Seventy-nine percent (79.2 percent or 91,919 students) of North Carolina public school third grade students met the reading proficiency standards under North Carolina’s Read to Achieve program according to the Improve K-3 Literacy Accountability Measures Comprehensive Plan for Reading Achievement report. State Board of Education members received the report at their meeting in Charlotte.
These third graders demonstrated reading proficiency through one of the following options:
- passing the Beginning-of-Grade 3 English Language Arts/Reading assessment;
- passing the End-of-Grade 3 English Language Arts/Reading assessment;
- passing the retest of the End-of-Grade 3 English Language Arts/Reading assessment;
- passing the Read to Achieve Alternative Test;
- passing an alternative assessment for reading; or
- successfully completing the reading portfolio.
Another 8.1 percent (9,454 students) of students were exempt from third grade retention for good cause (impacts English Language Learners and some students with learning disabilities). In total, 87.3 percent or 101,373 students were promoted to the fourth grade.
The remaining 12.7 percent (14,755 students) of third graders were either retained in the third grade or placed in a transitional class or accelerated class with a reading label and identified to receive additional help. Overall, 116,128 third grade students were tested.
State Superintendent June Atkinson said, “We are glad that third grade reading is receiving additional attention under Read to Achieve. As students move through elementary school, this additional focus on reading will help to keep them on track to succeed at the next grade level.”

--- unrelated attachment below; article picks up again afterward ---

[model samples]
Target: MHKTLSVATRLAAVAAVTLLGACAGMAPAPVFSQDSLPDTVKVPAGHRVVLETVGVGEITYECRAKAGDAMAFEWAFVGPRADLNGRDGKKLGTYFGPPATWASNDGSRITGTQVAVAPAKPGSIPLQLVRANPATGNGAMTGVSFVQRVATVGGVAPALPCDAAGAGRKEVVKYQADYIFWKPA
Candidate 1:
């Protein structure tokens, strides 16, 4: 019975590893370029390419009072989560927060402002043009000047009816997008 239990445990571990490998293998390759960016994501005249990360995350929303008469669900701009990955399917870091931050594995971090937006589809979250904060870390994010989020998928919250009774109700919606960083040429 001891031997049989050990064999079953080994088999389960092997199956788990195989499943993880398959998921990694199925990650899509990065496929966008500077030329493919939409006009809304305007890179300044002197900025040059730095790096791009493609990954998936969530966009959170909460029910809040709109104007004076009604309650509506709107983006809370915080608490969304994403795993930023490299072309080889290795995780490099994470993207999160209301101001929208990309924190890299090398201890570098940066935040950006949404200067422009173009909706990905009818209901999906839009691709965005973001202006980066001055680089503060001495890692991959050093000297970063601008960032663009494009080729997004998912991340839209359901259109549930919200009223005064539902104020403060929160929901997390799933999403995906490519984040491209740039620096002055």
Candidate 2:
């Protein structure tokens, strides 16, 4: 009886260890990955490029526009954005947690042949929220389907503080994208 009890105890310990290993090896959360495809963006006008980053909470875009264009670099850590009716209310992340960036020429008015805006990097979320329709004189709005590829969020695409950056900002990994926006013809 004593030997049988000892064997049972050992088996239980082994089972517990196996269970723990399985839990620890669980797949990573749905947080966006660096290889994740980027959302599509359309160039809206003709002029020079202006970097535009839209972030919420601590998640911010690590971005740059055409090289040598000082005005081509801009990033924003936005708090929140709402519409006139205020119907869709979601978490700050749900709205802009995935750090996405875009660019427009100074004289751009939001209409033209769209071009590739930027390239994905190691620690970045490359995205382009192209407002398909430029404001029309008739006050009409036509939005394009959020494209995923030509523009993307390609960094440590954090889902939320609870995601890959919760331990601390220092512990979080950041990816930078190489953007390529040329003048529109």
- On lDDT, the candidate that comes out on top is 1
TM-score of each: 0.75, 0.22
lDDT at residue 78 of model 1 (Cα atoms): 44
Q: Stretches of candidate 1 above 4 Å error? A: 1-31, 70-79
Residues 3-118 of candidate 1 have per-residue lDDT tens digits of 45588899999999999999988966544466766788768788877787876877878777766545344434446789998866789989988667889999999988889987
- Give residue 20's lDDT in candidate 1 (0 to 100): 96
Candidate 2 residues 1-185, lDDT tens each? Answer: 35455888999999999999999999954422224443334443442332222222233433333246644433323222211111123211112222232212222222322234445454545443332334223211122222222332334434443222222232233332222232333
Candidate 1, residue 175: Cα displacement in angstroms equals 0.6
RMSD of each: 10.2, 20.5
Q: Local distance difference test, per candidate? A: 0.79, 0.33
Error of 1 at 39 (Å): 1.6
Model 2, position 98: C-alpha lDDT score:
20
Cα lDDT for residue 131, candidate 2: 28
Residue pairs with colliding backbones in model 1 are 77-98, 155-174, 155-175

State Board of Education Chairman Bill Cobey said Board members fully support programs that help ensure student academic success. “We know that third grade is a pivotal year for future academic success, and reading proficiency plays a critical role. We want to make sure that we support not only our early learners, but also our elementary school teachers so that they can work in concert to ensure students build a strong foundation in reading.”
The North Carolina Read to Achieve Program is a component of the Excellent Public Schools Act passed by the North Carolina General Assembly during its 2012 session. The goal of the program is to ensure that every third grade student is reading at or above grade level by the end of the school year. Students who are not reading at grade level by the end of third grade receive extra support, including reading camps, guaranteed uninterrupted blocks of reading time, and intensive reading interventions so that they will be more prepared to do fourth grade work.
Of the 18,373 students eligible to attend a reading camp held by local districts during the summer, 12,827 (69.8 percent) students attended. Of that number, 3,426 (26.7 percent) were reading proficient at the end of the camp.
Students who are retained may be placed in a third grade accelerated class, in a third/fourth grade transition class with a retained reading label, or in a fourth-grade accelerated class with a retained reading label. If these students retake the reading test by Nov. 1, complete a reading portfolio, or pass a local alternative test and demonstrate proficiency, they are promoted to the fourth grade and the retained reading label is removed. These students continue to have the opportunity to show proficiency by local alternative or completed portfolio throughout the rest of the fourth-grade year to have the retained reading label removed.
To view the full report, please visit http://goo.gl/Qg5y7e.
About the North Carolina Department of Public Instruction:
The North Carolina Department of Public Instruction provides leadership to 115 local public school districts and 126 charter schools serving over 1.5 million students in kindergarten through high school graduation. The agency is responsible for all aspects of the state’s public school system and works under the direction of the North Carolina State Board of Education.